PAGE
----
Thursday, November 16, 2023

Capital Gains on Under-Construction Property Sales

Embarking on the journey of understanding capital gains taxation in the realm of real estate, specifically when dealing with the sale of under-construction properties, is akin to navigating a complex labyrinth. Let's embark on a detailed exploration to demystify the intricacies and shed light on the crucial aspects that shape the tax implications of capital gains in this unique scenario.


Real estate transactions often involve a dance between developers and buyers, with commitments made long before the actual completion of construction. Buyers dutifully make advance payments at various stages, patiently awaiting possession after a considerable period. However, when the decision is made to transfer property rights during construction or after possession, questions arise regarding the nature of resulting gains—whether short-term or long-term. At the heart of this inquiry lies the critical determination of the date when rights in the property are considered acquired.

  1. Date of Acquisition of Rights:

    • The acquisition of property rights hinges on the issuance of an allotment letter by the developer.
    • Initial advance payments, lacking a commitment, may not solidify acquisition.
    • Concrete acquisition occurs when the developer issues an allotment letter, providing clarity on project details.
  2. Nature of Gain during Construction:

    • When a buyer decides to transfer property rights during construction, before possession, the resulting gain is deemed a capital asset.
    • The classification of the gain as short-term or long-term depends on the duration of holding.
  3. Date of Possession and Capital Gain:

    • A common query arises regarding whether the period preceding possession should be considered for determining the nature of capital gains.
    • Arguments surface, suggesting that rights in the property represent a capital asset of a different nature than the property itself.
    • The counter-argument posits that possession is a continuum of holding rights, not constituting a transfer as defined in the Income Tax Act.

Embarking on a Real-Life Case:

Preface: Imagine an individual who booked a flat with a builder in 2007, receiving the allotment letter on the same date. The total agreement value for the flat is Rs. 42,16,000, paid in ten installments spread over the financial years 2007-08 and 2008-09. Additional expenses, including stamp duty, registration fees, and a society deposit, amount to Rs. 3,94,150. The property's possession was obtained on 25.03.2011, and the flat was subsequently sold on 07.07.2011 for Rs. 1,00,80,000.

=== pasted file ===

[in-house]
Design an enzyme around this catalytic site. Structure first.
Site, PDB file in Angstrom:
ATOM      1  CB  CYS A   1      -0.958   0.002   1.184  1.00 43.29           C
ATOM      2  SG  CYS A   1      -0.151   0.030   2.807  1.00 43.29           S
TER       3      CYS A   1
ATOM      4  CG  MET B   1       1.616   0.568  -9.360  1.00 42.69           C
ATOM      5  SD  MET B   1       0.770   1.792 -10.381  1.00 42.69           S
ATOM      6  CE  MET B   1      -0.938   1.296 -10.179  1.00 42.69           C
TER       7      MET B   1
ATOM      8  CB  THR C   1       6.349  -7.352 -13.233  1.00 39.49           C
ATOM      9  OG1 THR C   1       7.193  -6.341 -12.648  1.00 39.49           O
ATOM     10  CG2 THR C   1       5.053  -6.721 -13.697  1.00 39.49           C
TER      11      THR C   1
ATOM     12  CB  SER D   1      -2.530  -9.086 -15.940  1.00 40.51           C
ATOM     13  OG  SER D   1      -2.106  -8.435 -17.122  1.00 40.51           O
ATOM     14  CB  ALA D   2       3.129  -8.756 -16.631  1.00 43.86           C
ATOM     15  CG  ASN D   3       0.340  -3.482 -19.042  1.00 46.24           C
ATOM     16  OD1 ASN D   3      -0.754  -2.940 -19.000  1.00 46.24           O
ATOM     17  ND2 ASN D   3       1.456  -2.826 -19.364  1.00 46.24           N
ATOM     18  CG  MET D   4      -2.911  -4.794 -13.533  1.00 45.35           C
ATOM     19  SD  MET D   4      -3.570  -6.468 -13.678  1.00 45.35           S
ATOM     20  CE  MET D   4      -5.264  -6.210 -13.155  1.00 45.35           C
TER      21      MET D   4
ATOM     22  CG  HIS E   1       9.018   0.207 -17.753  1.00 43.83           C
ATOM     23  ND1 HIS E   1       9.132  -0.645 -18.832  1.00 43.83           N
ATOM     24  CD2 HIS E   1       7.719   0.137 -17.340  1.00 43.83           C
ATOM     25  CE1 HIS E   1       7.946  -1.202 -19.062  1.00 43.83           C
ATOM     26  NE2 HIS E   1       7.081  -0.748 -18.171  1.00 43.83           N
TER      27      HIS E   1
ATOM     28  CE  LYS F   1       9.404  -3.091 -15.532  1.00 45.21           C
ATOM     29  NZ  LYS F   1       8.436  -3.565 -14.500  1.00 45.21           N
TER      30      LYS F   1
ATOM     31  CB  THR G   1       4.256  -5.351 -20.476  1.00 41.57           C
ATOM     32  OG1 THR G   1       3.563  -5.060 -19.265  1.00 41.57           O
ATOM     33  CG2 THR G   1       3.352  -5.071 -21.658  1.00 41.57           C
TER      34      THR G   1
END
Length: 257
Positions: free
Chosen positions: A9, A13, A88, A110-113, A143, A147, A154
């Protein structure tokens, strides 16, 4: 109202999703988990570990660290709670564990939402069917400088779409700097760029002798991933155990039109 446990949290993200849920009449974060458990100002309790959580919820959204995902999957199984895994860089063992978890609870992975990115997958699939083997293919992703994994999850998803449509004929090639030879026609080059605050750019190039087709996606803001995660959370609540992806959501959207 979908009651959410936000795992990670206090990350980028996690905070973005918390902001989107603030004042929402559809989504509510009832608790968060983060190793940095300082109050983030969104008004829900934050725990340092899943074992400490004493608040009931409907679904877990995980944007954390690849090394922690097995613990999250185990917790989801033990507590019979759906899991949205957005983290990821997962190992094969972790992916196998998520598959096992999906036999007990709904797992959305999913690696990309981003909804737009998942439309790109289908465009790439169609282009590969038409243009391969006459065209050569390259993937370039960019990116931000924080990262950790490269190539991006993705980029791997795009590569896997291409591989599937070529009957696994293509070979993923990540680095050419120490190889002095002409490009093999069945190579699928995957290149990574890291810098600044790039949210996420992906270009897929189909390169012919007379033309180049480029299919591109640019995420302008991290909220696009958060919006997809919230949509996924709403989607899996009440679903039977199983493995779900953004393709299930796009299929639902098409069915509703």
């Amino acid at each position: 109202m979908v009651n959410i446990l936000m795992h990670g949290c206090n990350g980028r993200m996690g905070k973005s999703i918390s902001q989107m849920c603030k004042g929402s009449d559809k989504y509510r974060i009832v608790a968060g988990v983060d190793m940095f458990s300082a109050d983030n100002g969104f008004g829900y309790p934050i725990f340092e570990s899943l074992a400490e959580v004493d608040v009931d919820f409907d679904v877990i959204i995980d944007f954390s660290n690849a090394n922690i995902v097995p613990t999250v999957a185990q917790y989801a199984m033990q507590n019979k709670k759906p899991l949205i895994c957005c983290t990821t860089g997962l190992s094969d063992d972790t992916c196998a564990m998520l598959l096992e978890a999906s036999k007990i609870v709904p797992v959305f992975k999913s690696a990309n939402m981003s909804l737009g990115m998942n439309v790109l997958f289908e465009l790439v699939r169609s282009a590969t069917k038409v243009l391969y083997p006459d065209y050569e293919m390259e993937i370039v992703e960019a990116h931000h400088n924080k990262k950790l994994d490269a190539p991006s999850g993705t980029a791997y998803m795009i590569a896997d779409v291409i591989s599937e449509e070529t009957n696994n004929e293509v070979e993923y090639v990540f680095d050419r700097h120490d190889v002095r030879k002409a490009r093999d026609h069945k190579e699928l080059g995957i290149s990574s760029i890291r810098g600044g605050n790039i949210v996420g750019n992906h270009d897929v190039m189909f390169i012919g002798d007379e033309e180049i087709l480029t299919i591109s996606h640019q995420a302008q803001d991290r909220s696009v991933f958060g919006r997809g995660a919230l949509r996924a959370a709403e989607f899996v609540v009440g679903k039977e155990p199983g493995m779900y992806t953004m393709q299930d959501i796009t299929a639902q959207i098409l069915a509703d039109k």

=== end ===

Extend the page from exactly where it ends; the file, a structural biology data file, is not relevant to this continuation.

Insights into Key Questions:

  1. Is the Right to Own the Property a Capital Asset?

    • According to the Bombay High Court, any right that can be termed as property falls within the definition of a capital asset.
    • The allotment letter issued by the builder establishes the buyer's right as a recognized asset.
  2. Short Term or Long Term Gain on Sale of Flat?

    • The categorization of gains as short-term or long-term is contingent on the holding period of the asset.
    • An asset held for a period exceeding 36 months (24 months post A.Y. 2017-18) is considered a long-term asset.
    • In the given case, the allotment date is in 2007, making the holding period well beyond the stipulated 36 months.
  3. Indexation for Long-Term Gain:

    • Mumbai Tribunal's decision suggests that indexation should be applied based on the allotment year for the flat and the payment years for additional expenses.
    • Other expenses related to the purchase of the property should be indexed based on the respective payment years.
  4. Tax Saving Options for Gain on Sale:

    • Section 54:

      • Conditions include being an individual/HUF, investing in residential property, and treating the property as a long-term asset.
      • The buyer must purchase or construct a residential house within specified timelines.
      • Unutilized investment amounts can be deposited in a capital gains account for later use.
    • Section 54EC:

      • Conditions for eligibility include capital gains arising from a long-term asset.
      • Investment in specified bonds within six months, with a minimum holding period (3/5 years post 01.04.2018).
      • Exemption available up to Rs. 50 lakhs.

In Conclusion: Understanding the intricacies of capital gains on the sale of under-construction properties is pivotal for individuals navigating the real estate landscape. As the legal landscape evolves, staying informed about tax implications becomes paramount. This journey through the case and its implications offers valuable insights for individuals treading the path of property transactions in the ever-dynamic real estate market. Stay tuned for more in-depth explorations into the intersection of real estate and taxation.